"My colleagues Jane Ladlow, Lajos Kalmar, Nai-chieh Liu, I myself, and others at the University of Cambridge have been working with breeders of UK bulldogs and other short faced breeds, doing both genetic and clinical analyses related to one specific problem, the respiratory distress that many of these dogs, (and dogs of other short-faced breeds) suffer from. Our findings agree with those published by Prof Pedersen and his colleagues in that there is little scope for breeding back to a less extreme skull shape whilst staying within the registered population. This is likely to be true of many other aspects of conformation and temperament as well, as we also find large regions without genetic variation in all dogs of the breed. We would agree that the extreme changes in the conformation and appearance (such as the excessive skin rolls in these breeds) do account for many of their disease problems. 

"Fortunately despite the similarities of appearance, not all dogs suffer from the respiratory disorder and although our studies are not yet complete we now have pretty strong evidence that there are still multiple genetic variations between those that do and those that don’t suffer from the disease. But we do not know whether this is also true for other aspects of conformation and appearance related diseases.  

"In summary, I believe that the swiftest way to remove these diseases would be to outbreed to a dog type that does not have to the same degree the conformational features that cause the health problems referred to in this programme. This would certainly be our group’s preferred option. But over the last few years there has been a lot of advice available directed at these health problems and attemting to reduce the popularity of these dogs. What there has not been is the expensive advertising campaign that could bring these problems to public notice. Without it the advice has not got through to the public. We are therefore looking at how we might reduce the problem more slowly by offering advice on how to breed for healthier dogs using the remaining genetic variation within the breed."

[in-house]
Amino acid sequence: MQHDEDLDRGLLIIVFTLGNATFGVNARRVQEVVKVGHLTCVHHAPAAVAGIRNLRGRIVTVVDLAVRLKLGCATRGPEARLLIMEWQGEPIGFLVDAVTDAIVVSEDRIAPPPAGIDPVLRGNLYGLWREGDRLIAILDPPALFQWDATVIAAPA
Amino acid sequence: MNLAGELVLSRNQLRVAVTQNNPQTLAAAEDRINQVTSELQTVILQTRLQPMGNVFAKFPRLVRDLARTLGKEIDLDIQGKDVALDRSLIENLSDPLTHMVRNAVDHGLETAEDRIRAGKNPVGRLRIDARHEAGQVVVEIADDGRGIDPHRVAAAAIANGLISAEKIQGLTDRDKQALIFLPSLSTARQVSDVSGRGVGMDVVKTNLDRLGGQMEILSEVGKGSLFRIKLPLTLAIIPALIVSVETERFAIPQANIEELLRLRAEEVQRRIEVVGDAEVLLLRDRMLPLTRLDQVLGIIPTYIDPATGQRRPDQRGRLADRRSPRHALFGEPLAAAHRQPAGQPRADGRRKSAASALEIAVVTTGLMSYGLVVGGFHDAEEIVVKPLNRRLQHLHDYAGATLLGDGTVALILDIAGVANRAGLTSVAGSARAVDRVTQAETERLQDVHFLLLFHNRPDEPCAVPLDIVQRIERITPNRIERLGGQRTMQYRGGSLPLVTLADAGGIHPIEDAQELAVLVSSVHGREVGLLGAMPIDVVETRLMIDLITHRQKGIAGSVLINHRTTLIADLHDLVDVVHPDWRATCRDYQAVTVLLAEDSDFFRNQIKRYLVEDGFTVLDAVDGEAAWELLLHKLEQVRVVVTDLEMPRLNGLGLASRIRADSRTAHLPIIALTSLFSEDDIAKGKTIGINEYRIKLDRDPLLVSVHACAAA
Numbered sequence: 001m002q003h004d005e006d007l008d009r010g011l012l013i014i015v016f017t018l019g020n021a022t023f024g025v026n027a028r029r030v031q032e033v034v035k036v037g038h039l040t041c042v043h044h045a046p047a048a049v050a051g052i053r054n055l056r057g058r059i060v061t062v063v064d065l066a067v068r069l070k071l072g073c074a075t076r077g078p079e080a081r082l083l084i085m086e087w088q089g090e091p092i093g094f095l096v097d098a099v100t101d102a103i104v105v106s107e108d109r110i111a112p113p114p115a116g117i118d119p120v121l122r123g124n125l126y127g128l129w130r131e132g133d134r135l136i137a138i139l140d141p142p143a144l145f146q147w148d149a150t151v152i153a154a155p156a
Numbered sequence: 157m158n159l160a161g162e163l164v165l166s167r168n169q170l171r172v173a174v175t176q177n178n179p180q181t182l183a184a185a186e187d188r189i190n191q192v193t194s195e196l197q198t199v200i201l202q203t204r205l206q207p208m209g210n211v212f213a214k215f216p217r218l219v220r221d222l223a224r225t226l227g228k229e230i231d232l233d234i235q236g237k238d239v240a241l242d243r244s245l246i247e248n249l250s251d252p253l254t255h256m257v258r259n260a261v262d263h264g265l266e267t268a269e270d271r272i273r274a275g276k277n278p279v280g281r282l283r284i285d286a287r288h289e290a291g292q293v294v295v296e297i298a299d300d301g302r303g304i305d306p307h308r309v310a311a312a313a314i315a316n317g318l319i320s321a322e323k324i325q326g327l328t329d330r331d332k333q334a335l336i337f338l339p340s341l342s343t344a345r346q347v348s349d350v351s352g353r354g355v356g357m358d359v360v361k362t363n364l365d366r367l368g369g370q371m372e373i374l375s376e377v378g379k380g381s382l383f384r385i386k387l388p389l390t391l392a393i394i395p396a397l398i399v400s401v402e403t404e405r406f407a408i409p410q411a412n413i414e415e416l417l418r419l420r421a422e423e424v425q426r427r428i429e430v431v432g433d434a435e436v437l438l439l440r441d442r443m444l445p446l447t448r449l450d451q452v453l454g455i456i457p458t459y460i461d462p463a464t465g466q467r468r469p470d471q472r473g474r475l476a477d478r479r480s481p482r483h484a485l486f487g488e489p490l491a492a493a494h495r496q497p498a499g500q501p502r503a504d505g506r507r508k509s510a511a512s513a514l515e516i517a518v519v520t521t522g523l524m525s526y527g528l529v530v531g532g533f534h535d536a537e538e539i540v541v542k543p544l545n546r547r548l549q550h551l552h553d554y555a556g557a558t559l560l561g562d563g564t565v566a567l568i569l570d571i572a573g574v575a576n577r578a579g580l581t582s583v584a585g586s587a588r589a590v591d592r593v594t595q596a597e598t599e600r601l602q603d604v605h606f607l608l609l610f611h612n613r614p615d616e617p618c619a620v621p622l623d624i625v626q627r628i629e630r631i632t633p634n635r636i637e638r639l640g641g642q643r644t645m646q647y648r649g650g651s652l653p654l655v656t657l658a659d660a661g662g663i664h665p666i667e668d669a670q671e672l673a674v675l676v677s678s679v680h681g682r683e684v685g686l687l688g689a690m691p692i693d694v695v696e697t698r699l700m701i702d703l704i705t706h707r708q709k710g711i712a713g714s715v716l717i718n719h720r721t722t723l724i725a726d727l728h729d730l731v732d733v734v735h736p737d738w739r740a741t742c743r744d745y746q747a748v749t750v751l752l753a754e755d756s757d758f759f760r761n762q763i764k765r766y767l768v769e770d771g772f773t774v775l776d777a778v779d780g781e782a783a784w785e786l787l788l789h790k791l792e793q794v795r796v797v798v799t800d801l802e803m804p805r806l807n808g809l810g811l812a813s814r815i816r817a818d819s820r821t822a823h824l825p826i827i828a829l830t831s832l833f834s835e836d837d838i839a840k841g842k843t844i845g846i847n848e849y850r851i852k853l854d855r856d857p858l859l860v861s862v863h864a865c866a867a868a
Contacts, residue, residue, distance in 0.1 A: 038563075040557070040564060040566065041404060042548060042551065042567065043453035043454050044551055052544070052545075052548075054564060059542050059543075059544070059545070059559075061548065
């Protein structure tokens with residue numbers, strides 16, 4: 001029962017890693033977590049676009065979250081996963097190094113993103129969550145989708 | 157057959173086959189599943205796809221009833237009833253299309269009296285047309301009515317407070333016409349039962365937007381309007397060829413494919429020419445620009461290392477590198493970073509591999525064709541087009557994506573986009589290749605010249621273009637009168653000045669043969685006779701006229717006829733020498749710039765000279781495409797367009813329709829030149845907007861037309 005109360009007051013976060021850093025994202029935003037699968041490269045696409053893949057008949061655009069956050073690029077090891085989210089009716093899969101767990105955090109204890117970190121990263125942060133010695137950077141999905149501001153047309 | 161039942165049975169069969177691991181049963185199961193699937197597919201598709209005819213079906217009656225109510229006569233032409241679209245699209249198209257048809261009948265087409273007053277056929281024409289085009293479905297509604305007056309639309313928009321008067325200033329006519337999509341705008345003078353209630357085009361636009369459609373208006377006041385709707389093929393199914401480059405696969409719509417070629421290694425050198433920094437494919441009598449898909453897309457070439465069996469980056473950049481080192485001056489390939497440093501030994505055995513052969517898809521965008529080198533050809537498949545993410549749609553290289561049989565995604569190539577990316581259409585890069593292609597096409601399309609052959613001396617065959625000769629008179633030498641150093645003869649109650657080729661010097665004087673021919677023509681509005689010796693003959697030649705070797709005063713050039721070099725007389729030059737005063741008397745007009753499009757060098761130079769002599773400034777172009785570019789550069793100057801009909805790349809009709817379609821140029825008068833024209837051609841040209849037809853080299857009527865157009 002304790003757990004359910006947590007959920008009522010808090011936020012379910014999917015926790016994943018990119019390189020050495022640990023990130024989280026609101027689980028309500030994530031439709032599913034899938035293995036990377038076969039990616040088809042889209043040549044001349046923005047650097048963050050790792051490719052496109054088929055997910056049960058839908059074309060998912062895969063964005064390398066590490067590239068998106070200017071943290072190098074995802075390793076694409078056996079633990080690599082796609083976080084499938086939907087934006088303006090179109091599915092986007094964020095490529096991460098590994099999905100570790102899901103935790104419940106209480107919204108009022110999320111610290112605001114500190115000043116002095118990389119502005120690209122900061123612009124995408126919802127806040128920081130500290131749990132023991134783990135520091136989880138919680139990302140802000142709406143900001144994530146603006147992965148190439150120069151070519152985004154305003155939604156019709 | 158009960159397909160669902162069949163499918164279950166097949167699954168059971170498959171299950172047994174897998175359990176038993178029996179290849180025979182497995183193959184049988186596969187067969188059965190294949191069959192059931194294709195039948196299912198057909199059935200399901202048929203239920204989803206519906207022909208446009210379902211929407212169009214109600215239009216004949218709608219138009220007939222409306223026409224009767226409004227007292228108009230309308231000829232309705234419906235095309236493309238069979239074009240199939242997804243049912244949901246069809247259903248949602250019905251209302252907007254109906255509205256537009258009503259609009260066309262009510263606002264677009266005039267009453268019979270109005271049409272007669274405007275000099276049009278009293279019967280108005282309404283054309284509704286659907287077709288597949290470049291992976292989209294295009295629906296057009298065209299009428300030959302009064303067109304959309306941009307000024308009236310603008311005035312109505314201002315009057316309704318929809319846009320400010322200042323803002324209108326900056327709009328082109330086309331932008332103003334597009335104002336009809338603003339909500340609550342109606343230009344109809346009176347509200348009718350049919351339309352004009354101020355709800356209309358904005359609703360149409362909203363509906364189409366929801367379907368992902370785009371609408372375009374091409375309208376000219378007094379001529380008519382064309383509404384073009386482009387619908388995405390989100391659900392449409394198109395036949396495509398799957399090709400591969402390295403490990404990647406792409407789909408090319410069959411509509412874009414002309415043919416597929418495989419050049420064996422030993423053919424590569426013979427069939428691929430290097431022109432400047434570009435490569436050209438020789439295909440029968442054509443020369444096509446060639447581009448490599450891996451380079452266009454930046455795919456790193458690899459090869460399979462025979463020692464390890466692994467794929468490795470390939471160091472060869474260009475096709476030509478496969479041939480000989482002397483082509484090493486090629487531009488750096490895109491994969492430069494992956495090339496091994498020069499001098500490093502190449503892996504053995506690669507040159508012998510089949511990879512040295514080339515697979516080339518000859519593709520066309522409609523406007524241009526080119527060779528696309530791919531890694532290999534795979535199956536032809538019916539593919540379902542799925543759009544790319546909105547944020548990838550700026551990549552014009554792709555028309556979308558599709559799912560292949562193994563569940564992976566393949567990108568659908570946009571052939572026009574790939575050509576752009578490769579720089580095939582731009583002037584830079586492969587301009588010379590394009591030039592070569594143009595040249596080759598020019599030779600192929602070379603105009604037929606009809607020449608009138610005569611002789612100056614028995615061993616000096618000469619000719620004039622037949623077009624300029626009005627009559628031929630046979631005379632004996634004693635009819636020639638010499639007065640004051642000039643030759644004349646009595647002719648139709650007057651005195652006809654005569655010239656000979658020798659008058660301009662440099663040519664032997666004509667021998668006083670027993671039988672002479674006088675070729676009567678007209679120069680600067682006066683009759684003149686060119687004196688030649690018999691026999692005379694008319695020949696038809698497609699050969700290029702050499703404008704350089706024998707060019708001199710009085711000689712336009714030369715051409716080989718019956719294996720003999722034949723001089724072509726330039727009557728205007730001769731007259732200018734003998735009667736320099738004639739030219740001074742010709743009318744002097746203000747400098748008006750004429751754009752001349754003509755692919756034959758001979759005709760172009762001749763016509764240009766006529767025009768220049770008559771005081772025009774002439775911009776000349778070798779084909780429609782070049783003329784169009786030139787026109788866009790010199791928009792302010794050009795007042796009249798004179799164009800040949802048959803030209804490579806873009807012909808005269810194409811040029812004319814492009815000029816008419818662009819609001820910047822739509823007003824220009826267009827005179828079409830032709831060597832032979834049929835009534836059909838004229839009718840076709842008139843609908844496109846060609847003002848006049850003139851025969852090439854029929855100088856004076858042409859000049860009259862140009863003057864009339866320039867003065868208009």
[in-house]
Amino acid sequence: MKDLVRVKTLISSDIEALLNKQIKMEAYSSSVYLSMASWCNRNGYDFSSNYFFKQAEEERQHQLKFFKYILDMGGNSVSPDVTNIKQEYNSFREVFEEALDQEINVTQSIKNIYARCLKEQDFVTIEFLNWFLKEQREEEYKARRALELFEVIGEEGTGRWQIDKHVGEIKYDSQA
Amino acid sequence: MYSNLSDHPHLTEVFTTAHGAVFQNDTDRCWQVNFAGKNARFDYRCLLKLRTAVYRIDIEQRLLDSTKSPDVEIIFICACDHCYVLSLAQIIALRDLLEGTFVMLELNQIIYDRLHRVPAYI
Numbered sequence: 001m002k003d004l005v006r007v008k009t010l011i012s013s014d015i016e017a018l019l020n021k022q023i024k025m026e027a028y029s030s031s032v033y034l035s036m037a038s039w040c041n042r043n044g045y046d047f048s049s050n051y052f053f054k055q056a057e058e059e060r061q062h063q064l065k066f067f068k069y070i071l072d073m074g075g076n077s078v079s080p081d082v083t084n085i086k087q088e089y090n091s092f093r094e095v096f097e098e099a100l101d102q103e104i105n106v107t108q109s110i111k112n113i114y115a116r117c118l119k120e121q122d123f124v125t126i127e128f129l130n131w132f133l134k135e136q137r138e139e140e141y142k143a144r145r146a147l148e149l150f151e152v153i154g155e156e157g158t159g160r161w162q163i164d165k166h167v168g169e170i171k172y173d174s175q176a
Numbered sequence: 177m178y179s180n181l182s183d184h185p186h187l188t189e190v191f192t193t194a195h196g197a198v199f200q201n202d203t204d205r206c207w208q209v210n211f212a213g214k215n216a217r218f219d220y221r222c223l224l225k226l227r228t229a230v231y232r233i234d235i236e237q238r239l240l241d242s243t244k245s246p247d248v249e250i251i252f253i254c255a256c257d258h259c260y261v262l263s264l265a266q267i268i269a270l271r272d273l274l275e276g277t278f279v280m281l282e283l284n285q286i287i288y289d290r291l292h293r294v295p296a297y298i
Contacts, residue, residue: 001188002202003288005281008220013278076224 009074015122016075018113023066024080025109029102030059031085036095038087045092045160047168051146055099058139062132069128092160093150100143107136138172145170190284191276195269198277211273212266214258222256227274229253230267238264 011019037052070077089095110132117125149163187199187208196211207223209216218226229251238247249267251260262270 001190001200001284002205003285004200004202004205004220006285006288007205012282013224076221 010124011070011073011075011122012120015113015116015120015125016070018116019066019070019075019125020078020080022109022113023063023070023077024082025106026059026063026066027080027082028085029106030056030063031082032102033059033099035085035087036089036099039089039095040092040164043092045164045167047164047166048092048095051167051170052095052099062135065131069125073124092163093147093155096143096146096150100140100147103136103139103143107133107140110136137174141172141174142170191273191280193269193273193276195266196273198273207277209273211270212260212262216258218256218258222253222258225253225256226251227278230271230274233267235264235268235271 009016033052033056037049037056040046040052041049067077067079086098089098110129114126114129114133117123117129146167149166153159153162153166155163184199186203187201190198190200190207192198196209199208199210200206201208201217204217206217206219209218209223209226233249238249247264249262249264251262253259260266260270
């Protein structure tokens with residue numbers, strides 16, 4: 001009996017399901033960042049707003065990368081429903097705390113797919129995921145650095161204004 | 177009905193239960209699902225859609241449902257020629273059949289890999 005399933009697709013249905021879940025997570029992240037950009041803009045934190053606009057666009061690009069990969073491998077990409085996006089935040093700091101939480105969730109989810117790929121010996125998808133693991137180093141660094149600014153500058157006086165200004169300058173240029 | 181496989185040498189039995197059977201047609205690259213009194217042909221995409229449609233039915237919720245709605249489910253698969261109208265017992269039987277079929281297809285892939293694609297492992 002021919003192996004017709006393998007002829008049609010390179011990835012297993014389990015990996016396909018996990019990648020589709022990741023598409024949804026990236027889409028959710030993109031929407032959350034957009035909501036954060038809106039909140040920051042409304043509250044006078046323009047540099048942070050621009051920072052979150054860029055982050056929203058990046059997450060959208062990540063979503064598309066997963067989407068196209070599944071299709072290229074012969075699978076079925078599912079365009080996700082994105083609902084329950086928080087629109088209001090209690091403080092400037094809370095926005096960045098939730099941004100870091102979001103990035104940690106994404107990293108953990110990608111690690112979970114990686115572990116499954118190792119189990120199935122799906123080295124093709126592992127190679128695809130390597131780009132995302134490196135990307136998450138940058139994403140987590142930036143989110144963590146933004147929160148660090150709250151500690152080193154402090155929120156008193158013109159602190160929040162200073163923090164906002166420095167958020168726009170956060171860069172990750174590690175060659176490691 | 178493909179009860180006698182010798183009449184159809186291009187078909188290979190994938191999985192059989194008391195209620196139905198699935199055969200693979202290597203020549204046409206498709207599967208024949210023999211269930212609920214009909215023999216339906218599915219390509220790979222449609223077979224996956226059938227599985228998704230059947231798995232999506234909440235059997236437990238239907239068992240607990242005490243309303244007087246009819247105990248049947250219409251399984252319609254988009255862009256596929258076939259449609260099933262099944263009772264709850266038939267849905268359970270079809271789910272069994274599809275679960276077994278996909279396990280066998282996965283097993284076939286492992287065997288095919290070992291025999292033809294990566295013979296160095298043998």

All well and good but the problem remains that brachycepahlia doesn't just result in respiratory problems.  There is a huge number of other consequences, including eye injuries, skin-fold issues and a mouth full of crowded, misaligned teeth that is a veterinary dentist's nightmare. Extremely unpleasant for the dogs, too. At the end of the day... we need dogs with longer muzzles.

• 14:30pm: strong press release from the British Veterinary Association.

Vets urge revision of breed standards to protect animal welfare

Following the release of new research data by Niels Pedersen from the Centre of Companion Animal Health, University of California, into breed health of the English bulldog, the British Veterinary Association (BVA) has issued the following statement:

Sean Wensley, President of the British Veterinary Association, said:
“The research released today reflects the seriousness of the health problems associated with English bulldogs that our members are seeing in practice. Revision of breed standards, to include evidence-based limits on physical features such as muzzle shortness, and full consideration of other approaches such as outcrossing, are now needed to ensure high risk breeds, such as the English bulldog, do not continue to suffer unnecessarily.